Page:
Oxford University researchers have found a promising future treatment for heart disease, going back to a drug first developed in 1950.
Hydroxychloroquine (HCQ) was created to combat malaria, and was later found to be useful in the treatment of Lupus and rheumatoid arthritis. Now, a team at Oxford University's Departments of Pharmacology and of Physiology, Anatomy and Genetics has found that the drug can also reduce heart rate. Their report, to be published in journal Heart Rhythm, says that the treatment could benefit people with heart failure.
Dr Rebecca Burton, who led the research, said: "The starting point was a chance observation. A patient being treated for Lupus also had a high heart rate. When the patient started Hydroxychloroquine for the Lupus, their heart rate reduced. We started to think about how the drug might be acting in the heart and began extensive pre-clinical studies in collaboration with [Oxford University heart specialists] Professor Derek Terrar and Professor David Paterson."
Researchers found that the drug acts on an area of the heart called the sino-atrial node. This group of cells keeps the heart beating by producing a rhythmic electrical signal that is transmitted to the rest of the heart muscle. Within the node HCQ targets a particular protein to restrict an electrical signal known as the 'funny current' that is especially important in setting the heart rate.
The effects of HCQ on the heart were studied in the late 1950s but initial findings were not followed up. There were also reports of lowered heart rate as a side-effect in patients treated for other conditions. But the potential of HCQ as a heart treatment had not been pursued fully until the Oxford team began their research.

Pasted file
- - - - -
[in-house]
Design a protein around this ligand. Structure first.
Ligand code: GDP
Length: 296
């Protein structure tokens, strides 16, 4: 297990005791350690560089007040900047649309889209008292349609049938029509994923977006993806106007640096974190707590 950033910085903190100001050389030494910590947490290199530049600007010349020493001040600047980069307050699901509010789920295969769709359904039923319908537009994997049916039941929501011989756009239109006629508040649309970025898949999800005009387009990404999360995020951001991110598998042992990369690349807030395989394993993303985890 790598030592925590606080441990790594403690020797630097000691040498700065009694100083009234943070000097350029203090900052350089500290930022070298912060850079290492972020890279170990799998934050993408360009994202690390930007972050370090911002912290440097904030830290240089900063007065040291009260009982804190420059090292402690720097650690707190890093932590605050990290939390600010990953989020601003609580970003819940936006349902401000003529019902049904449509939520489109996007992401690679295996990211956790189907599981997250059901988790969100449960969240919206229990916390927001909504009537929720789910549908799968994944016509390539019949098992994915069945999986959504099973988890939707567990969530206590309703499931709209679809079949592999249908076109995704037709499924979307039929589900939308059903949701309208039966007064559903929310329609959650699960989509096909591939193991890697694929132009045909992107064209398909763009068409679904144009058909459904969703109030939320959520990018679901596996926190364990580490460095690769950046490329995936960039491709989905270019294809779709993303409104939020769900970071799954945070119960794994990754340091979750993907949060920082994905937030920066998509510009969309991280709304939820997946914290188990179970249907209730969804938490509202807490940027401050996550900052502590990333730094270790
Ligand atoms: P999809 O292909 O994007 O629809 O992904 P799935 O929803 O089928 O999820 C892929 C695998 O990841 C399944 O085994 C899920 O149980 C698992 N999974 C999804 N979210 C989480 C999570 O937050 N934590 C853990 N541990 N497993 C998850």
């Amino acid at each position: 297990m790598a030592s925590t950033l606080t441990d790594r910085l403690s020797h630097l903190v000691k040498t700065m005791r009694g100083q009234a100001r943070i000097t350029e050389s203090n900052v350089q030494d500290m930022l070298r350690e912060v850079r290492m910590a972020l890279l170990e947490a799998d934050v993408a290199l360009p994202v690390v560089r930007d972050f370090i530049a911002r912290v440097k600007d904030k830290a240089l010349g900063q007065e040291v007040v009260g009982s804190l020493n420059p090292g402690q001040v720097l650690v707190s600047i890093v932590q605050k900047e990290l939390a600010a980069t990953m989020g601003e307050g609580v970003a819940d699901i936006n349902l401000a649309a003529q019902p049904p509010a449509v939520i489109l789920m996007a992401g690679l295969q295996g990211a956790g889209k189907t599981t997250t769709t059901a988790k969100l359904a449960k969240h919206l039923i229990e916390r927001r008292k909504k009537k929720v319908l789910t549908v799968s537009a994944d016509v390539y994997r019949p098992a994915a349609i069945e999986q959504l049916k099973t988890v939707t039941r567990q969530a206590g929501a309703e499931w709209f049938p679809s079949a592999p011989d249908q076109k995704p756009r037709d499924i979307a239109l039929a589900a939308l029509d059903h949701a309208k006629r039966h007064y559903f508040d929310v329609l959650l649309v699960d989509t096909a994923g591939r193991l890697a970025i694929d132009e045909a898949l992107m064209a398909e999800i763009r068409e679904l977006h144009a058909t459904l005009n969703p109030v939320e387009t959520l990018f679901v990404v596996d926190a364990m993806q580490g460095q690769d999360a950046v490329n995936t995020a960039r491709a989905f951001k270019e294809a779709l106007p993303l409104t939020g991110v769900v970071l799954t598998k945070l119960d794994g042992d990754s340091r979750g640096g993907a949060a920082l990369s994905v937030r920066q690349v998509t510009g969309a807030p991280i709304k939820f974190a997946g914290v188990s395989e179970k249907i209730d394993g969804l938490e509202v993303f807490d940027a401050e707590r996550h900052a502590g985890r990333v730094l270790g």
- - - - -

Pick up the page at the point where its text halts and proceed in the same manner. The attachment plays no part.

Dr Burton said: "There is a big drive to find new purposes for existing drugs because it can save years of expensive development and testing. Established drugs have gone through a lot of the regulatory process already. However, the number of drugs on the market and the number of possible conditions are so huge that it takes a fortuitous observation to connect something which might be viewed as an annoying side-effect to something which could have a clinical benefit."
HCQ has a well-established safety profile. Side-effects are limited and well understood, and it is possible to use it for children and pregnant women under specialist care. The Oxford team’s initial research concentrated on understanding the effects of HCQ and the way in which it worked on the heart as well as safety. HCQ has the potential to be used for heart failure, high blood pressure and angina among other conditions.
The team have patented their results and are now working with the University of Oxford’s company Isis Innovation to partner with industry in order to complete clinical trials.
Dr Rebecca Capel, the paper’s first author, said: "This treatment has the potential to improve the quality of life for patients who are not responding well to standard heart treatments. There are some very exciting possibilities but we need to go through the full process of clinical trials to really understand its full potential."
Professor Jeremy Pearson, Associate Medical Director at the British Heart Foundation, which funds both Dr Capel and Dr Burton and which part funded the study, said: "This study is an elegant example of how a chance clinical observation, carefully followed up, can provide evidence in favour of an unexpected new use for an old drug."